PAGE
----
Incremental Code Rewrite

Developers are never satisfied with something they’ve written. There’s a perpetual urge to throw it out and rewrite software using whatever new and shiny technology has caught our fancy. I have been at this business long enough to recognize this as a trap. Fortunately, I have a tool that will let me do partial rewrites. This lets me take the advantages of shiny new technology and apply them to strategic areas.

In my case, there was a flaw at the heart of Genesys Adversaries. The components that define a unique world in the Genesys RPG are stored in linked lists. Each type of component lives in its own list. This gave me the advantage of having to write one linked list implementation in C, and use it over and over for each data type. The downside is that things live in discrete lists. There was nothing to prevent different types of items from having duplicate names.

This is a very easy problem to solve. By replacing the multiple discrete lists with a dictionary type structure that only allows one entry with the same key. The C++ map abstraction fits the bill perfectly. The original program is written in C, and C can call C++ functions that conform to the C calling and naming conventions.


The first step is to create the C++ code that implements the data structure I need. I implemented this project with strict test-first TDD, and I continue that with the C++ code. This is pretty straightforward, especially because most of the functionality I’m looking for is provided by the well tested and understood code of the standard template library. I only need to test that the methods for populating specific data types do the right thing.

The second step is to create C compatible interface functions. I already created interface functions for adding and finding the game components. I needed to move their implementation into C++. The functions must have the appropriate extern "C" {} wrapper to keep their interface C compatible. Just for grins, I tried running the existing tests against these newly implemented functions. The tests made it clear that I needed a set of tests specific to the C++ implementation.

The next set of challenges was tracking all the places that accessed data structures directly. They manifest themselves as crashes when I tried to run tests or programs. Examination of stack traces did a good job of locating these failures in the code.

Lessons Learned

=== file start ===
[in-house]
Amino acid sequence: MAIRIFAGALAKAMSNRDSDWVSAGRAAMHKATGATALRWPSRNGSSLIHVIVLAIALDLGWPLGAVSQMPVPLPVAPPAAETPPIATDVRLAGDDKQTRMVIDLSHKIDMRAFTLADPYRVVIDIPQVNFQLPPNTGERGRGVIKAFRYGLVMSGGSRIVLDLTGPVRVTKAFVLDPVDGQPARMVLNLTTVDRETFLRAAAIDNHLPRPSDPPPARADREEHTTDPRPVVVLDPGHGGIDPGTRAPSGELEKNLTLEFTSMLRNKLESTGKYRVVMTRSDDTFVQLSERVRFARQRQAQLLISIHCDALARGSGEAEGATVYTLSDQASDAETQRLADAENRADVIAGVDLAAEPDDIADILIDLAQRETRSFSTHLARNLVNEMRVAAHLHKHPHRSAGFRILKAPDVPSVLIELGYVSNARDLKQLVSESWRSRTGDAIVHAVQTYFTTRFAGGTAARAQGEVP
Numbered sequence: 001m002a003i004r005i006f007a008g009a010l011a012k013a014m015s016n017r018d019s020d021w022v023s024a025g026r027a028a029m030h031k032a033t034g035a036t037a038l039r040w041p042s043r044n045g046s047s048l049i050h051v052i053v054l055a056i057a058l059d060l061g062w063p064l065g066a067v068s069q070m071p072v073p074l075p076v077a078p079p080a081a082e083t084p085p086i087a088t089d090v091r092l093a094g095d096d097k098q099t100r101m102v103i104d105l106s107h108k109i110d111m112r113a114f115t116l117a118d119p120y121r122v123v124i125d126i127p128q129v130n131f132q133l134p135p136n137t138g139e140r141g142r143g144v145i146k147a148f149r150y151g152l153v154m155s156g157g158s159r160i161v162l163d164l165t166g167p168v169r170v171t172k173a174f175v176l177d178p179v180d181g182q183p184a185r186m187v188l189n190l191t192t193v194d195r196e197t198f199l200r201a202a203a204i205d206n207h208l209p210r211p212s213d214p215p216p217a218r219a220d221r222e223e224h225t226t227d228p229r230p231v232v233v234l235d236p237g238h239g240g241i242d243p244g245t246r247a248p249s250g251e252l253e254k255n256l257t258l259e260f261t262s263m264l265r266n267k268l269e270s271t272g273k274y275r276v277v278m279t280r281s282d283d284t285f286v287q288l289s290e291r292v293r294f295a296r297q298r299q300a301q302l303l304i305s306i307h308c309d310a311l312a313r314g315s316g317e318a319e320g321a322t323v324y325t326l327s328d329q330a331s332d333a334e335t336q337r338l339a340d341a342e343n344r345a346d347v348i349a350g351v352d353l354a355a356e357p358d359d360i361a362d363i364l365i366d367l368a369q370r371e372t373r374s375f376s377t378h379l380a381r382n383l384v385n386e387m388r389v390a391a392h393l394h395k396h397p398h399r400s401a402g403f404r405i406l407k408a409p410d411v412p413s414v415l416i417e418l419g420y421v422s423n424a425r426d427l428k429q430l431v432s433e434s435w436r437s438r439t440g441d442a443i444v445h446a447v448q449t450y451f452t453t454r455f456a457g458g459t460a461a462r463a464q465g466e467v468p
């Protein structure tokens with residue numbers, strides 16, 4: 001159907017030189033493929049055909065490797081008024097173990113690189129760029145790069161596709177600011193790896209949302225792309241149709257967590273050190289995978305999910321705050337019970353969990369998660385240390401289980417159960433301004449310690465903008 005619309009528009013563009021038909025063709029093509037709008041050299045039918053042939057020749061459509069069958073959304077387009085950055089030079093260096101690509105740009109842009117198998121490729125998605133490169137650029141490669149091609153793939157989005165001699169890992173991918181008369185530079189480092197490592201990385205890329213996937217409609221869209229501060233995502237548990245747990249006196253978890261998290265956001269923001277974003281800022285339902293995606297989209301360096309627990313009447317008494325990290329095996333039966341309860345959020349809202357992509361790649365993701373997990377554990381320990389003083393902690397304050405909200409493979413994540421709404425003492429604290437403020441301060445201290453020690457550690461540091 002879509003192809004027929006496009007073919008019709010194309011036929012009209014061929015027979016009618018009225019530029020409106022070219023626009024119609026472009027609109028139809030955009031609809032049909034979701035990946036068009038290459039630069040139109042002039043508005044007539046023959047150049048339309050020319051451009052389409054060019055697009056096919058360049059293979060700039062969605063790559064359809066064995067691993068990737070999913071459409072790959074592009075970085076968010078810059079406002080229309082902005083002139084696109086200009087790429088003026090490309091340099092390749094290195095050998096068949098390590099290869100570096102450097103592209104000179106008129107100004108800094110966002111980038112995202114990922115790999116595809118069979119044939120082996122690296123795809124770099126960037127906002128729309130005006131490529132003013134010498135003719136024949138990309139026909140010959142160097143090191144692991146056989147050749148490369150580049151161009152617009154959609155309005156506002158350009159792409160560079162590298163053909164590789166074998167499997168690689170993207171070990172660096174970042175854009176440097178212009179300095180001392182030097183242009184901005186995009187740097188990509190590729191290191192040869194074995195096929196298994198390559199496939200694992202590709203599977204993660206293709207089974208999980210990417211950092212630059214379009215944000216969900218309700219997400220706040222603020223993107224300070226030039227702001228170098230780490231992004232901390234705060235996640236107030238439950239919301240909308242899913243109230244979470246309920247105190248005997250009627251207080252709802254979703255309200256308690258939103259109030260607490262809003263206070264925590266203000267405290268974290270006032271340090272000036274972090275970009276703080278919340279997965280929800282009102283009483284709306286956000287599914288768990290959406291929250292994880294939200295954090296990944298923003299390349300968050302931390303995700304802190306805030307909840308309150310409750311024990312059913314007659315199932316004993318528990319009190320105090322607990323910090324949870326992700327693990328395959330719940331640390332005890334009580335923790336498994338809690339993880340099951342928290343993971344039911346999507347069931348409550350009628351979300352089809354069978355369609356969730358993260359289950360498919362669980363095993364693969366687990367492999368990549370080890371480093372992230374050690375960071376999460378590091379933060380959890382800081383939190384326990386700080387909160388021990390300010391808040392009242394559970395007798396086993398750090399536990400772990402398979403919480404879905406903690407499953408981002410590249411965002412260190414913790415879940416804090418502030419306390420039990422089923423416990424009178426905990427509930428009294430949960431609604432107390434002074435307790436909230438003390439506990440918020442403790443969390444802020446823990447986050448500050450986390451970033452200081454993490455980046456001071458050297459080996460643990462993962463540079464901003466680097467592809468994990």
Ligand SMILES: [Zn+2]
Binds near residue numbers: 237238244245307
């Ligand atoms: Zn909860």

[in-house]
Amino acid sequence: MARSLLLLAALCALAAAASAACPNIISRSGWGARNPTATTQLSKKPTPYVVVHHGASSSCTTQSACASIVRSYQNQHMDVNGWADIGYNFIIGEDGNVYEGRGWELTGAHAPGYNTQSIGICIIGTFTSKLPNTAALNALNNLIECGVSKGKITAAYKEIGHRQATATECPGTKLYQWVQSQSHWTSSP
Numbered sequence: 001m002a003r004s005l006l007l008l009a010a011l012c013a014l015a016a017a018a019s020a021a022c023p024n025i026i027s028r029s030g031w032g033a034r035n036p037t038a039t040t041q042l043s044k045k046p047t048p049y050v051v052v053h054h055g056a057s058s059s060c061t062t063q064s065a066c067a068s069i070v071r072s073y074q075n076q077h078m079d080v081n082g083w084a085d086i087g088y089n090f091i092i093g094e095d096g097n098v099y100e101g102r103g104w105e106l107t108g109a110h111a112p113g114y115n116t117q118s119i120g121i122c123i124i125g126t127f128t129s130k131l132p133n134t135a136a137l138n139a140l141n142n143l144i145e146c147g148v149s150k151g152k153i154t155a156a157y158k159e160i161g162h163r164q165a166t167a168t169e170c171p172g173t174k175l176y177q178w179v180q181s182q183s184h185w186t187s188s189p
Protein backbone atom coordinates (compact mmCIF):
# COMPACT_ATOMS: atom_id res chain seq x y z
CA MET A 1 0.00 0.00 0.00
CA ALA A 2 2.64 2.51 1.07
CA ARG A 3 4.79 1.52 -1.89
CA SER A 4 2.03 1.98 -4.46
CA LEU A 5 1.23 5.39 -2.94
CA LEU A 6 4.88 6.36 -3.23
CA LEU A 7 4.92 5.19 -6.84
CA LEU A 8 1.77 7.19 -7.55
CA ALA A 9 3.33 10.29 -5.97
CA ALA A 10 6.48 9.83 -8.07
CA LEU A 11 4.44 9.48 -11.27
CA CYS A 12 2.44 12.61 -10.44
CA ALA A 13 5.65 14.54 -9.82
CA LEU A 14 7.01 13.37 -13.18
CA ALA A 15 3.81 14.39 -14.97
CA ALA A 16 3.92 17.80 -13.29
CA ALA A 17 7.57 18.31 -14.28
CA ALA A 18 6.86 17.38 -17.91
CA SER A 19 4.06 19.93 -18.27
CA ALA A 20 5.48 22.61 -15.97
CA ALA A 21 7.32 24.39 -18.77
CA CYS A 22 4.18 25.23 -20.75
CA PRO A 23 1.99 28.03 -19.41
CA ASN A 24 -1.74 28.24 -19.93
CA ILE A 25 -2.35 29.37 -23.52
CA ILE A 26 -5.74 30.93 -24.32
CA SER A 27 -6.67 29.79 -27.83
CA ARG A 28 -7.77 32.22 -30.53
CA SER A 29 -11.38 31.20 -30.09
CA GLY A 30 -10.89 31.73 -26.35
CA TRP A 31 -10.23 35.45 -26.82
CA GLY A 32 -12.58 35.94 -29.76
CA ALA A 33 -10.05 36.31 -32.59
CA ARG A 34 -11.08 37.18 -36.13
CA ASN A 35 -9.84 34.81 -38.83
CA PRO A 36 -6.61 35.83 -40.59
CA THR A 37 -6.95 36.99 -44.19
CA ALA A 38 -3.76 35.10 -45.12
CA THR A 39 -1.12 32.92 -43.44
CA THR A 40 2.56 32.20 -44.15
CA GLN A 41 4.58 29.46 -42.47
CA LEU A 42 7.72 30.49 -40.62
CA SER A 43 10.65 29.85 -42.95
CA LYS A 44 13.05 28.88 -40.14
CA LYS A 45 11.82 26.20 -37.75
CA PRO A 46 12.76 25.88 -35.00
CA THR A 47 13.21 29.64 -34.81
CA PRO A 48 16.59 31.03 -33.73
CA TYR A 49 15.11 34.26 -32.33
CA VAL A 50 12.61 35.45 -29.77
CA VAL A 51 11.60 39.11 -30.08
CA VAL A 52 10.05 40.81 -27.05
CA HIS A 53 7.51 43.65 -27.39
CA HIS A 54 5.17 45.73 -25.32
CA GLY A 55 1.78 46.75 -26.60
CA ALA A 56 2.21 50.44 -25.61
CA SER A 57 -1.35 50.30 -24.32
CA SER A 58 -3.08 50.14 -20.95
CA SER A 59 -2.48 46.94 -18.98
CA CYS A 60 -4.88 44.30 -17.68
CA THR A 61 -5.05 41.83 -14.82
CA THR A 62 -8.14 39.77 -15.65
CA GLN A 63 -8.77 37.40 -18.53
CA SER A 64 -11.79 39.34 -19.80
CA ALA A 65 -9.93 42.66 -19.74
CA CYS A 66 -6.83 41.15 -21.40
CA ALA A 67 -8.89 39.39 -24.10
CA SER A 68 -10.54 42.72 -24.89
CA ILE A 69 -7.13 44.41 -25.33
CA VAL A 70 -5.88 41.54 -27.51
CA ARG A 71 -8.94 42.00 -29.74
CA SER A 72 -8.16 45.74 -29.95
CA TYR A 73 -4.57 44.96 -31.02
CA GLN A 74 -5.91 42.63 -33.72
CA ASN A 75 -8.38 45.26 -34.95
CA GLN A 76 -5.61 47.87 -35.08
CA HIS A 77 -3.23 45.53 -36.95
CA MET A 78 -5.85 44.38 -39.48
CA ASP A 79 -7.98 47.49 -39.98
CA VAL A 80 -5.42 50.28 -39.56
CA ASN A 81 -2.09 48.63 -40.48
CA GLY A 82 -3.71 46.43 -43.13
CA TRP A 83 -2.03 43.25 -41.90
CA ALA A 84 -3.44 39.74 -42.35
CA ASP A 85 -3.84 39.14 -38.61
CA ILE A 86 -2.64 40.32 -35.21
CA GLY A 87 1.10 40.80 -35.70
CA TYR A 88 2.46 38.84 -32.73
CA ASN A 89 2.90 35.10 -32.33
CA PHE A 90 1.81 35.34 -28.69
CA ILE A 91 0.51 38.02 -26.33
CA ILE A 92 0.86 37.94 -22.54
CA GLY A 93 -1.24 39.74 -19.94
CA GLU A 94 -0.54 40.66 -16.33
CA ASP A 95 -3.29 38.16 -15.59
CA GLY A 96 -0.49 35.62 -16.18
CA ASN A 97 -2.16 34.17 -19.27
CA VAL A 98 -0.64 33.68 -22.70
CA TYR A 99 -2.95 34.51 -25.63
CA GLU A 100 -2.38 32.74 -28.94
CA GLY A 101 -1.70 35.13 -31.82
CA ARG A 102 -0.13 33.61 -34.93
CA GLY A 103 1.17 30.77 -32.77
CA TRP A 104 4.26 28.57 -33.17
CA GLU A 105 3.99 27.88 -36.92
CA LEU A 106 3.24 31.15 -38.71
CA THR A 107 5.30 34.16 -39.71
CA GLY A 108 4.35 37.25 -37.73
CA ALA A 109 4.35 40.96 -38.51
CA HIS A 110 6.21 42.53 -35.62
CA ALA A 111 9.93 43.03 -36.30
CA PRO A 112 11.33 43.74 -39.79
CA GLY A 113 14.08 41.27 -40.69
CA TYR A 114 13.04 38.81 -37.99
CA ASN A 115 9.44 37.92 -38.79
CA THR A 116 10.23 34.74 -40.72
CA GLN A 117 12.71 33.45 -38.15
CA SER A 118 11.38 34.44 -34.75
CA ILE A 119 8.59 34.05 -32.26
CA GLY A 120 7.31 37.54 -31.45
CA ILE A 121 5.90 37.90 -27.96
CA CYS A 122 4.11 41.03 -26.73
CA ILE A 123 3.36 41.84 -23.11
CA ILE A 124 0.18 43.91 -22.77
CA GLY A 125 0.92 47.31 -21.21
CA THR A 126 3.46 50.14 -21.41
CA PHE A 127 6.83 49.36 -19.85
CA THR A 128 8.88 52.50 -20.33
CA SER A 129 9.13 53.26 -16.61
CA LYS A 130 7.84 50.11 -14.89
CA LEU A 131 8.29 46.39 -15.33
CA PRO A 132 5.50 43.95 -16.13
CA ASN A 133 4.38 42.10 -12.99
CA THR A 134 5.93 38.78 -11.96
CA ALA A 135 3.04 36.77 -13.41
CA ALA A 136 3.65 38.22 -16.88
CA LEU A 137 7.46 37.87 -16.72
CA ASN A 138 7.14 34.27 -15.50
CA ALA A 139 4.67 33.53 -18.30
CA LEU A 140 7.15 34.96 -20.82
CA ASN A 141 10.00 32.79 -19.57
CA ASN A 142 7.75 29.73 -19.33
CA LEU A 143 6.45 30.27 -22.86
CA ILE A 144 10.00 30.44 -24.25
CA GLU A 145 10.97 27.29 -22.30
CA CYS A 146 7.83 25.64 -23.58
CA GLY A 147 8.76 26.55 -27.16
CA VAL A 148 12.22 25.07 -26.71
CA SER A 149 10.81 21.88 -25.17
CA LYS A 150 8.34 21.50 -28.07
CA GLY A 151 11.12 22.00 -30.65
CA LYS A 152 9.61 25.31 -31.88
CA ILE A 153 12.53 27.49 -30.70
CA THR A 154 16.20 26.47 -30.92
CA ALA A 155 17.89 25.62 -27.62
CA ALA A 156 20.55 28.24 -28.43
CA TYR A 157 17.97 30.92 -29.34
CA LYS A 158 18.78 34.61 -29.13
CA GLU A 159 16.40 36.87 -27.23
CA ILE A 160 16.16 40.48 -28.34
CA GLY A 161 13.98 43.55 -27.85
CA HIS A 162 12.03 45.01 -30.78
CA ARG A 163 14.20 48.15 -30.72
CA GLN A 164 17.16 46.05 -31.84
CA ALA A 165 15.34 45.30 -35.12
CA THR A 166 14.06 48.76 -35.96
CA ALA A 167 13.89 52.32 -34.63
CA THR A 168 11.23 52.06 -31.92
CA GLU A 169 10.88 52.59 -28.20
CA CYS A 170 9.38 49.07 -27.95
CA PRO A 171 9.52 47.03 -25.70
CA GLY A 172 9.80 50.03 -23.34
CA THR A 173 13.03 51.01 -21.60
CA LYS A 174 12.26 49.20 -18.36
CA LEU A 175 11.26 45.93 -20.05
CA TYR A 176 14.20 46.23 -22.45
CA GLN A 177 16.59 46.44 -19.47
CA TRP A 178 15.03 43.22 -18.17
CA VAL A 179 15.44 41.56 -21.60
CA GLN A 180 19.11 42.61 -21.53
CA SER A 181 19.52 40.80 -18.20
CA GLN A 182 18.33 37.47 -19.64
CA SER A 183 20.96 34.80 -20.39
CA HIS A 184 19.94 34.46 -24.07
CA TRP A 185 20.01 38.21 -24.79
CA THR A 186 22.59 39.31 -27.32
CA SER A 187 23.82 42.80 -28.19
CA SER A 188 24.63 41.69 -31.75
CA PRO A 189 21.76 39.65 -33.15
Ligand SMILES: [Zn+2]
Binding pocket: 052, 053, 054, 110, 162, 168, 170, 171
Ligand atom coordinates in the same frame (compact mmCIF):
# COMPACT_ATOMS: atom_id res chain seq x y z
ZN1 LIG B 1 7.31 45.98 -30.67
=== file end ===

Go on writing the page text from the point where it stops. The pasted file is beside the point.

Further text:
First, this proved the value of test driven development. Because I had a comprehensive suite of tests that verified the software did what I wanted it to do, I could move on with high confidence. Where the tests failed made shortcomings in the implementation obvious. The tests allowed me to correct them quickly.

The second lesson has to do with access to data structures. It’s convenient to access underlying data structures. That creates brittleness in the program. Every place where a test or program implementation directly accessed data structures, I created an interface that hid the data structure. The interfaces provided the same access, but hid the implementation. With these new interfaces in place, changing the implementation to use the new C++ data core became trivial.


Now that I have validated this technique, I’ll use it to continue improving the program’s capabilities. The program uses a hand-rolled lexer, as well as the lemon parser. Neither are unsatisfactory, but every time I add new tokens or data objects, there is more effort than I like. Flex and Bison have solved these problems much more elegantly, and I would like to use them. Small extensions to the language would open many options to simplify record keeping for my Genesys RPG games.

I was able to do this because the C abi is generally accessible to any programming language that generates binaries. If I were dealing with a Java program I could use any language that supported the jvm, such as kotlin or clojure. Likewise in .NET, I could easily rewrite parts of my program in F#. Knowing how to cross the language boundaries in your runtime environment gives you a nift new tool you can use to avoid full rewrites, but still getting shiny new language features.


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